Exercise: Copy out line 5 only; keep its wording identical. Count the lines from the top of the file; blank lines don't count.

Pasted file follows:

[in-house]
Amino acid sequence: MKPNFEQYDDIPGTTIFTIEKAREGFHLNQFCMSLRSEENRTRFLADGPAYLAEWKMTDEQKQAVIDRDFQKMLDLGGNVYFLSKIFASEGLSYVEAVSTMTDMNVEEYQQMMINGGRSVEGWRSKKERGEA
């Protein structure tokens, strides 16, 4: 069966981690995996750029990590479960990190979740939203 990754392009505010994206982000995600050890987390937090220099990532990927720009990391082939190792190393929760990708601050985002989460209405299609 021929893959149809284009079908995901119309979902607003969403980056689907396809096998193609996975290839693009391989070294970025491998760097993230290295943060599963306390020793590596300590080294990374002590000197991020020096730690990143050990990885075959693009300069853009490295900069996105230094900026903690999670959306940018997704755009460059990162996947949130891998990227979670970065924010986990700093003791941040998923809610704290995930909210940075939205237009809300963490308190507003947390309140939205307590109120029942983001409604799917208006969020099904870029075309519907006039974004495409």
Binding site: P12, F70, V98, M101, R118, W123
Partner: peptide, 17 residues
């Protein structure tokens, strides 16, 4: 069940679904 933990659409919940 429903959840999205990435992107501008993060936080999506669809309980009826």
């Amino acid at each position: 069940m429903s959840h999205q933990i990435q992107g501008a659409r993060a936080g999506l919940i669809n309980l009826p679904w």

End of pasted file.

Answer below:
Partner: peptide, 17 residues